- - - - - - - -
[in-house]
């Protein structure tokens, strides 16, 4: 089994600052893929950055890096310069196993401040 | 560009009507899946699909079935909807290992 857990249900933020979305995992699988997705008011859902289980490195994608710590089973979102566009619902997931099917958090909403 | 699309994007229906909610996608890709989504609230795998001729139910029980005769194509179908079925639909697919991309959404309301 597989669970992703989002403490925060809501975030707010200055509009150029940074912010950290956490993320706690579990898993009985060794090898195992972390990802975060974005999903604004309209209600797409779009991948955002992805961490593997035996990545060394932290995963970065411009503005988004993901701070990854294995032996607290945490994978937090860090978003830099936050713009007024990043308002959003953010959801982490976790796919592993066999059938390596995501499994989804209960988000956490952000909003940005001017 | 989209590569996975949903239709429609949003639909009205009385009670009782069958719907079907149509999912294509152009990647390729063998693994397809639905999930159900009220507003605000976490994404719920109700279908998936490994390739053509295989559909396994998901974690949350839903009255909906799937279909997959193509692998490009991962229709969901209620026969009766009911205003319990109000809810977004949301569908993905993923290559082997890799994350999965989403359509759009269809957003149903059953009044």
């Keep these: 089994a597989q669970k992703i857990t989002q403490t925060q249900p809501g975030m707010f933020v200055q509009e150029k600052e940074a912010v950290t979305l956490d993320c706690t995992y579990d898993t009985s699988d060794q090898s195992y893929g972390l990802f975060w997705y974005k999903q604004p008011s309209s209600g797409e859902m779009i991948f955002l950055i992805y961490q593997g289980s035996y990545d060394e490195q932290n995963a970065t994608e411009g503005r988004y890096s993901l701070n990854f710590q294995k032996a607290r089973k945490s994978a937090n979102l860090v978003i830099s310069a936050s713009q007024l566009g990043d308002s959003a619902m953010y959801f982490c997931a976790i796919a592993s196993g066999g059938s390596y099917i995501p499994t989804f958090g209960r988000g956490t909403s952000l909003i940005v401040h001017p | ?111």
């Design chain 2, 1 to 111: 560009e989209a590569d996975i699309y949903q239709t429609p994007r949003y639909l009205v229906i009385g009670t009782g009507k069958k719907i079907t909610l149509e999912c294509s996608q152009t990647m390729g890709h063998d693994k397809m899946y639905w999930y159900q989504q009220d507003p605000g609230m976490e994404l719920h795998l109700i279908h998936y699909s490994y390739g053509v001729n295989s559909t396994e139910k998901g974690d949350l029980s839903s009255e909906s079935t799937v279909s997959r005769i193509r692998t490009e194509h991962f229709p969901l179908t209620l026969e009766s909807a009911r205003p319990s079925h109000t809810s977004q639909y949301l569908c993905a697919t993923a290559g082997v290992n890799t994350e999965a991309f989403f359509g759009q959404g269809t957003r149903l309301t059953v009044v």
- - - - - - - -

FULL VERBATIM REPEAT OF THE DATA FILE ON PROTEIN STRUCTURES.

[in-house]
């Protein structure tokens, strides 16, 4: 089994600052893929950055890096310069196993401040 | 560009009507899946699909079935909807290992 857990249900933020979305995992699988997705008011859902289980490195994608710590089973979102566009619902997931099917958090909403 | 699309994007229906909610996608890709989504609230795998001729139910029980005769194509179908079925639909697919991309959404309301 597989669970992703989002403490925060809501975030707010200055509009150029940074912010950290956490993320706690579990898993009985060794090898195992972390990802975060974005999903604004309209209600797409779009991948955002992805961490593997035996990545060394932290995963970065411009503005988004993901701070990854294995032996607290945490994978937090860090978003830099936050713009007024990043308002959003953010959801982490976790796919592993066999059938390596995501499994989804209960988000956490952000909003940005001017 | 989209590569996975949903239709429609949003639909009205009385009670009782069958719907079907149509999912294509152009990647390729063998693994397809639905999930159900009220507003605000976490994404719920109700279908998936490994390739053509295989559909396994998901974690949350839903009255909906799937279909997959193509692998490009991962229709969901209620026969009766009911205003319990109000809810977004949301569908993905993923290559082997890799994350999965989403359509759009269809957003149903059953009044």
């Keep these: 089994a597989q669970k992703i857990t989002q403490t925060q249900p809501g975030m707010f933020v200055q509009e150029k600052e940074a912010v950290t979305l956490d993320c706690t995992y579990d898993t009985s699988d060794q090898s195992y893929g972390l990802f975060w997705y974005k999903q604004p008011s309209s209600g797409e859902m779009i991948f955002l950055i992805y961490q593997g289980s035996y990545d060394e490195q932290n995963a970065t994608e411009g503005r988004y890096s993901l701070n990854f710590q294995k032996a607290r089973k945490s994978a937090n979102l860090v978003i830099s310069a936050s713009q007024l566009g990043d308002s959003a619902m953010y959801f982490c997931a976790i796919a592993s196993g066999g059938s390596y099917i995501p499994t989804f958090g209960r988000g956490t909403s952000l909003i940005v401040h001017p | ?111």
């Design chain 2, 1 to 111: 560009e989209a590569d996975i699309y949903q239709t429609p994007r949003y639909l009205v229906i009385g009670t009782g009507k069958k719907i079907t909610l149509e999912c294509s996608q152009t990647m390729g890709h063998d693994k397809m899946y639905w999930y159900q989504q009220d507003p605000g609230m976490e994404l719920h795998l109700i279908h998936y699909s490994y390739g053509v001729n295989s559909t396994e139910k998901g974690d949350l029980s839903s009255e909906s079935t799937v279909s997959r005769i193509r692998t490009e194509h991962f229709p969901l179908t209620l026969e009766s909807a009911r205003p319990s079925h109000t809810s977004q639909y949301l569908c993905a697919t993923a290559g082997v290992n890799t994350e999965a991309f989403f359509g759009q959404g269809t957003r149903l309301t059953v009044v």